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Campaign to address long-term care concerns in Central Newfoundland gaining momentum

Sharon Goulding-Collins has been fighting for additional care in long-term care facilities throughout the province after her mother, pictured, had several incidents that left her scratched, bruised and injured.
Sharon Goulding-Collins has been fighting for additional care in long-term care facilities throughout the province after her mother, pictured, had several incidents that left her scratched, bruised and injured. - File photo

Goulding-Collins says advocate group ‘struck a nerve’

GANDER, NL – A social media campaign focusing on services provided to seniors in long-term care (LTC) facilities is gaining momentum.
Sharon Goulding-Collins of Hare Bay started the Facebook group “Advocates for Senior Citizens Rights (ASCR)” in response to several incidents involving her own mother at Lakeside Homes in Gander.
Goulding-Collins attributes injuries her mother sustained during her time at Lakeside to understaffing at the facility.
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Since she created the Facebook group on Dec. 15, 2017, it has gained well over 6,000 members in just over two months. She notes on the Facebook page that similar concerns are being echoed by family members of LTC residents across the country.
“[It] definitely struck a nerve, one that has been an open lesion for way too long,” Goulding-Collins said. “We will now be the voice for the vulnerable and those sometimes unheard, without a voice – our senior citizens.”
Goulding-Collins alleges the policy for determining adequate staffing to ensure proper patient hygiene and safety was not being followed at Lakeside, which she believes resulted in her mother’s injuries. She says based on Central Health’s formula for determining staffing ratios, she figures nine caregivers were needed to oversee morning wake-up and breakfast routines, but she was informed only four were present.
Gaitane Villeneuve, communications director for Central Health, which runs Lakeside and 10 other LTC homes in the region, would not speak directly to the specific allegations, but stated all the facilities adhere to provincial standards.
“Central Health follows the Provincial Long Term Care Operational Standards for Newfoundland and Labrador,” Villeneuve wrote in an email.
Goulding-Collins says these standards are not good enough.
“There are provincial standards, but no laws,” she wrote. “Standards are just guidelines. Standards are not focused to specific adequate requirements for proper hygiene and safety care.”
Goulding-Collins said she has noticed improvement since she first started voicing her concerns but is now concerned about how it is being accomplished.
“I see a huge difference at the special care unit where Mom resides at Lakeside, now (there’s) always more visible staff,” she said. “Unfortunately, management is now putting more pressure and workload on existing, extremely understaffed caregivers.”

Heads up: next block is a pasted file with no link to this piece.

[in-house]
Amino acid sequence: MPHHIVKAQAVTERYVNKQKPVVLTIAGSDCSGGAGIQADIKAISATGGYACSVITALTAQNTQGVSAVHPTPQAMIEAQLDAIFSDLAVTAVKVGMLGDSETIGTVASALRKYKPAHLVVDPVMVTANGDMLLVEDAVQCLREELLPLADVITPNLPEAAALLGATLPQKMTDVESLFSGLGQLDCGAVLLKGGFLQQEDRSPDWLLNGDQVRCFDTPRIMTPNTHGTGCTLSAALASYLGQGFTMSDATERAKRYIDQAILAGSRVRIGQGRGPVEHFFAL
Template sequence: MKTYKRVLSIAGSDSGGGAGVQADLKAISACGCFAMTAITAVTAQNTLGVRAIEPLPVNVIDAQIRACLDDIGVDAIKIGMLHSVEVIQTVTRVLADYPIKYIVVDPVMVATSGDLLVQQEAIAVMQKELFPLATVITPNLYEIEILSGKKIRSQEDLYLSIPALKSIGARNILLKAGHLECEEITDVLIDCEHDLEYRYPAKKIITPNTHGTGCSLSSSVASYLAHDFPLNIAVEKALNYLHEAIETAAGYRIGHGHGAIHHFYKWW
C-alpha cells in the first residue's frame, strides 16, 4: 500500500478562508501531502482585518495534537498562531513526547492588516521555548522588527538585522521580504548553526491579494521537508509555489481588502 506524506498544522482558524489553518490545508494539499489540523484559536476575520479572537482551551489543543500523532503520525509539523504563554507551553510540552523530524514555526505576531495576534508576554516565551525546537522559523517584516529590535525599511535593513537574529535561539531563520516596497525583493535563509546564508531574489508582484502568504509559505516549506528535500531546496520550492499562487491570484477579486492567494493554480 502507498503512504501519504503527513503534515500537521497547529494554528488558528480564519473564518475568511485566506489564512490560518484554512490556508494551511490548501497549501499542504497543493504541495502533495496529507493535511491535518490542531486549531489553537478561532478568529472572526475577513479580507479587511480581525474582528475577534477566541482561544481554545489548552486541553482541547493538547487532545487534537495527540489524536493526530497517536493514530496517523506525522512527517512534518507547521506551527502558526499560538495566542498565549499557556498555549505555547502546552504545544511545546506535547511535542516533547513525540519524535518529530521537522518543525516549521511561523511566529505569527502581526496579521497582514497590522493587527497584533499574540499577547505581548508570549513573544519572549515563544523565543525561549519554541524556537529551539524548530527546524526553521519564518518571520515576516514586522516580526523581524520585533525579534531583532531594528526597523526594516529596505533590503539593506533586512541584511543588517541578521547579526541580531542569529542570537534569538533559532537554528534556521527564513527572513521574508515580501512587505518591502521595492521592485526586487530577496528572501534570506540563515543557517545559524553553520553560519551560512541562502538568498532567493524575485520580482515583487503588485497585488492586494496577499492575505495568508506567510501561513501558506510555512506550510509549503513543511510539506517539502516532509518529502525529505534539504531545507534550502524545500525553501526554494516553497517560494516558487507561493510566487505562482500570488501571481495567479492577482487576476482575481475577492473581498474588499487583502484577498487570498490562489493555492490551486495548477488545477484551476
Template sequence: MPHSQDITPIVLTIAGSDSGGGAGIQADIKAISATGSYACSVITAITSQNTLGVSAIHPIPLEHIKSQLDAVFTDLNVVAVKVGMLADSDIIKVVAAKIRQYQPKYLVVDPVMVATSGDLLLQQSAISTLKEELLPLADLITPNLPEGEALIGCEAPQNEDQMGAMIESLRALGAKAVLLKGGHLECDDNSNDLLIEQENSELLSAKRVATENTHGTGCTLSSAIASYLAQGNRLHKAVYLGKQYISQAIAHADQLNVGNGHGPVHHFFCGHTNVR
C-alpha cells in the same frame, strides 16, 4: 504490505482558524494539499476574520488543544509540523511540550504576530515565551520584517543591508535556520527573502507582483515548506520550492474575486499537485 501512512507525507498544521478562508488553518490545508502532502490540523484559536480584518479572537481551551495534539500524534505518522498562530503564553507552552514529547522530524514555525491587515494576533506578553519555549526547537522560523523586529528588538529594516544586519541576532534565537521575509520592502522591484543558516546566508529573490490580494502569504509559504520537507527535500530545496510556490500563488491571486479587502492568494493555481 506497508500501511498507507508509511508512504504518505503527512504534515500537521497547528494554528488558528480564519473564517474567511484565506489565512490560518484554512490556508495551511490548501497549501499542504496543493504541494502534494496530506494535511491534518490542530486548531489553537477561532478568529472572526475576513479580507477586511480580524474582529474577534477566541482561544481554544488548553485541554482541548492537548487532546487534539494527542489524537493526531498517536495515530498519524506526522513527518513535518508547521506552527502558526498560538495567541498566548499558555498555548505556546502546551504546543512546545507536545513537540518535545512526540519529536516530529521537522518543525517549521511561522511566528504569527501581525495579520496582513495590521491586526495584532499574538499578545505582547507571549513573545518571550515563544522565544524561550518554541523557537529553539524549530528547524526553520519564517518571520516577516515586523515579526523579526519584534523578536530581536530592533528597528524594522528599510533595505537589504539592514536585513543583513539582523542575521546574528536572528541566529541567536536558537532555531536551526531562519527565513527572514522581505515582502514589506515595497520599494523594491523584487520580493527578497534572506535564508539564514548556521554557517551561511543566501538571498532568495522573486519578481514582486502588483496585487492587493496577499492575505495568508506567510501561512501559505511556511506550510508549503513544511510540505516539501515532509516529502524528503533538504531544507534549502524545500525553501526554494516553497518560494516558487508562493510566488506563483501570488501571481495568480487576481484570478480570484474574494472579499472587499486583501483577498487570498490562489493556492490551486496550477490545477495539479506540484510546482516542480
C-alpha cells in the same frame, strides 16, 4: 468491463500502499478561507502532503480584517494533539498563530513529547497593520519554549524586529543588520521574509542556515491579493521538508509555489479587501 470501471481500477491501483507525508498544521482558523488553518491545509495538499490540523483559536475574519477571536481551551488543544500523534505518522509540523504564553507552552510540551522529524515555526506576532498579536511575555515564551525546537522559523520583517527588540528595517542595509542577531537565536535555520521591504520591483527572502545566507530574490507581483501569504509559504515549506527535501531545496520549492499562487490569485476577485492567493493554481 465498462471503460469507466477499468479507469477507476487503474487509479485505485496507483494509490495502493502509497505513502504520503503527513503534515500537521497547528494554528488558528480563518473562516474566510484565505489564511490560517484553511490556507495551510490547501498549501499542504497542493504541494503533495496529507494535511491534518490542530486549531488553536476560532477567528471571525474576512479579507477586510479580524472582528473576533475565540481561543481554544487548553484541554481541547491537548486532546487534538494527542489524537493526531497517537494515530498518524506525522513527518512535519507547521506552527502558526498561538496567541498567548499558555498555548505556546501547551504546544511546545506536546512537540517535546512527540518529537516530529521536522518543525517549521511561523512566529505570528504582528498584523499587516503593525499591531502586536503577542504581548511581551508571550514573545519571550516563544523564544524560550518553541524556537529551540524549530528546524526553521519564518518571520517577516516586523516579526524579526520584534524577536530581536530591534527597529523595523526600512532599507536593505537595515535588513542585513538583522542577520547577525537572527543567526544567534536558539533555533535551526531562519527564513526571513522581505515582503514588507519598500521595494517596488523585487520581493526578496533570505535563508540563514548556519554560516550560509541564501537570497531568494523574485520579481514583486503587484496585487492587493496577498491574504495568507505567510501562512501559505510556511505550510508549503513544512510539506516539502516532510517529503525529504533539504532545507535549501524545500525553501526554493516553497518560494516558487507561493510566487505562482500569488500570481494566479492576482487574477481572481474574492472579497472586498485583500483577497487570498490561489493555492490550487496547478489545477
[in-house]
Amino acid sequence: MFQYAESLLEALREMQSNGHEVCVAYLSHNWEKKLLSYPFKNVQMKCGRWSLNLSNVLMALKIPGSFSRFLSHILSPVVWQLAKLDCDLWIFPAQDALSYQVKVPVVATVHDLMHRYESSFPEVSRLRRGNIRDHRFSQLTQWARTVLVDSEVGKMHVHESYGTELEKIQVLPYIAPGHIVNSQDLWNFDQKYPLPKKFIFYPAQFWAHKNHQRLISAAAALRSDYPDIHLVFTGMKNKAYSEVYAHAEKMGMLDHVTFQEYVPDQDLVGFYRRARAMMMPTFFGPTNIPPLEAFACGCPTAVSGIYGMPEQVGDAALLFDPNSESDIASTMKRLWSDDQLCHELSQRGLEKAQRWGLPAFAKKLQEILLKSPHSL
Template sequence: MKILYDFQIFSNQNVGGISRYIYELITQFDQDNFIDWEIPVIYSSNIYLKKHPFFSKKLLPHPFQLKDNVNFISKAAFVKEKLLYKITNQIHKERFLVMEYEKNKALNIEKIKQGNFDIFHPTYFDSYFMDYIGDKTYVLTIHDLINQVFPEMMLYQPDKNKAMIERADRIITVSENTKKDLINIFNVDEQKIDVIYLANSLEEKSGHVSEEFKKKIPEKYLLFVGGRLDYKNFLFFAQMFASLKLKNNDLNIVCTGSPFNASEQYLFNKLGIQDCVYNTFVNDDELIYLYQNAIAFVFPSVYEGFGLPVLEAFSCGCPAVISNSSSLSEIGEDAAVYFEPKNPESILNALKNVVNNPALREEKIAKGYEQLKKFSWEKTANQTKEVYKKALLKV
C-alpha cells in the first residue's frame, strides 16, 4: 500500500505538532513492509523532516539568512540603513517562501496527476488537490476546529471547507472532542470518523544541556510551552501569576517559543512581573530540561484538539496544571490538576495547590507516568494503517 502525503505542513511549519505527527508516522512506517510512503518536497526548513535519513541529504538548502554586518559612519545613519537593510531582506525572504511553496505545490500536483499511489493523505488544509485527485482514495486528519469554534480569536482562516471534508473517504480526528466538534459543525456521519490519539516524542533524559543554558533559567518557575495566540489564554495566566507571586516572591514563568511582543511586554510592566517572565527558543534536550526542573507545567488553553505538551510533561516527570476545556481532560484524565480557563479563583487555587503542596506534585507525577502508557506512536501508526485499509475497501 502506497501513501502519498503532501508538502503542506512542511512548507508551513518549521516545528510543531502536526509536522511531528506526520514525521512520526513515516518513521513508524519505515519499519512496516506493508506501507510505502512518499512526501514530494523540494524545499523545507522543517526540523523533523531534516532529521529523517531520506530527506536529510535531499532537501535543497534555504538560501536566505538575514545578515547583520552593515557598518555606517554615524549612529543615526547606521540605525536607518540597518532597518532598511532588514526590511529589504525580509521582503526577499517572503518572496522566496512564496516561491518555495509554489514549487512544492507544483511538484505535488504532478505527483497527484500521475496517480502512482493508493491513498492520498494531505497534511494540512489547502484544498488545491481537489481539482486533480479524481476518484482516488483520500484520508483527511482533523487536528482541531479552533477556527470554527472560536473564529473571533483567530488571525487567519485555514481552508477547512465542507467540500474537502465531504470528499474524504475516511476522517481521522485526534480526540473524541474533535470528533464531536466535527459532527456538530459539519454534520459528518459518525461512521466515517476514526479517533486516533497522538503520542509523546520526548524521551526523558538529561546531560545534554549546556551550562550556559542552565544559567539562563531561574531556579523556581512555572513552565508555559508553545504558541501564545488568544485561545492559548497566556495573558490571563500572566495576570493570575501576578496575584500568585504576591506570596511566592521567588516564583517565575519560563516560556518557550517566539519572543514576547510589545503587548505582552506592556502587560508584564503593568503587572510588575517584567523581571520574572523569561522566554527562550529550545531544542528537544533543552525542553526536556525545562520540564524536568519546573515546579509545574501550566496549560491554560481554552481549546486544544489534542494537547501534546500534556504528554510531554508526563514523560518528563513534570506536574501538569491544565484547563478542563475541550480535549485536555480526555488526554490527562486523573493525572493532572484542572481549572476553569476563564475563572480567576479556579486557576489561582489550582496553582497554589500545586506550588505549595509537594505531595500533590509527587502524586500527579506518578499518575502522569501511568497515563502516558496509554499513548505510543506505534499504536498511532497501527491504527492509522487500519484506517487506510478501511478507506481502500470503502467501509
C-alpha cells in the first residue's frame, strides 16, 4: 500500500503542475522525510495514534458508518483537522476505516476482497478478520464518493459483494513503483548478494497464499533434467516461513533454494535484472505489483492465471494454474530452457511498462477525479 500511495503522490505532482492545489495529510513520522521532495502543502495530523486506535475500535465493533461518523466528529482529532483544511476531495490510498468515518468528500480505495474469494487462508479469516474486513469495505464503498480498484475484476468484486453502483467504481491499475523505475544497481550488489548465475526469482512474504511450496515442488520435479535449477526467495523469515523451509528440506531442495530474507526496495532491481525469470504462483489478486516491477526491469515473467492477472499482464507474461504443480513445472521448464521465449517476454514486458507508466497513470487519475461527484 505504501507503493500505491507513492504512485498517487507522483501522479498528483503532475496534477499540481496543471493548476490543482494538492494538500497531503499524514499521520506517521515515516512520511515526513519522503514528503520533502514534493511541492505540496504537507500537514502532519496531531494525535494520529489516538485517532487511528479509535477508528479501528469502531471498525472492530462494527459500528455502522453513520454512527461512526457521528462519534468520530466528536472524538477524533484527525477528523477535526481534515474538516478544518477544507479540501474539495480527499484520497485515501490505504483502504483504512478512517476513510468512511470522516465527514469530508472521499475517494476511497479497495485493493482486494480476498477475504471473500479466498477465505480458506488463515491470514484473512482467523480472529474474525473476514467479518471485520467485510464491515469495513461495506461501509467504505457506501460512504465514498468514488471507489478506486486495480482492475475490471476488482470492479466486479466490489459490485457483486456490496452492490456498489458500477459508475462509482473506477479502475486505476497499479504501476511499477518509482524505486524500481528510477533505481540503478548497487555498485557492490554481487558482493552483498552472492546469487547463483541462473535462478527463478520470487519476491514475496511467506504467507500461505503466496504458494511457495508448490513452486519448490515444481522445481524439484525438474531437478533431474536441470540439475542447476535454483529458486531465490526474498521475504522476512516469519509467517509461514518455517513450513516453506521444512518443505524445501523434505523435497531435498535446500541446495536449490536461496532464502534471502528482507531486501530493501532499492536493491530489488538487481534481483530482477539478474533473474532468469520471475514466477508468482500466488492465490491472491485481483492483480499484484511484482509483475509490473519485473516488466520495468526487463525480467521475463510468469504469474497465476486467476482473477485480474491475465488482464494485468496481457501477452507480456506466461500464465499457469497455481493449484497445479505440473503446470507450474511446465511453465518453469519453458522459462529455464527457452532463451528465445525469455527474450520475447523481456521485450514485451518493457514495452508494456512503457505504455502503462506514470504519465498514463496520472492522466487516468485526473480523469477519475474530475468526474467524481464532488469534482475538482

Villeneuve disputed the characterization of the facility being understaffed.
“We are fortunate to have full staffing levels at all our long-term care facilities, which is consistent with staffing ratios in all of our 11 LTC homes in Central Health,” he wrote. “Nursing care is provided on a 24-hour basis by registered nurses (RN), licensed practical nurses (LPN), and personal care attendants (PCA).”
Still, Goulding-Collins believes the LTC standards need to be improved and made law. Specifically, she is advocating for legislation that requires residents to receive three full baths per week rather than the current one provided for in the standards, and that facilities be required to hire staff whose sole responsibility is to monitor and supervise residents and intervene to prevent injuries.
The Health Department declined to comment on whether anything is being done to address Goulding-Collins’ concerns, but pointed the Beacon to the terms of reference (TR) for a management review of the health authority, which is currently underway.
The external review was triggered by complaints that suggested a “toxic environment” exists within Central Health. The TR does not specifically address long-term care, but includes, “Any other related matters deemed appropriate by the consultant after conferring with the Minister of Health and Community Services.”
Goulding-Collins hopes continued pressure from her group will convince the minister that their priorities should be government’s priorities.
“We hope that the largest number of members will have a large impact on our government, which is supposed to be ‘the voice of the people,’ because we see so much of how our seniors suffer needlessly because of understaffing,” she said. “They have human rights in this country we live in and should be a priority as Canadian citizens.”

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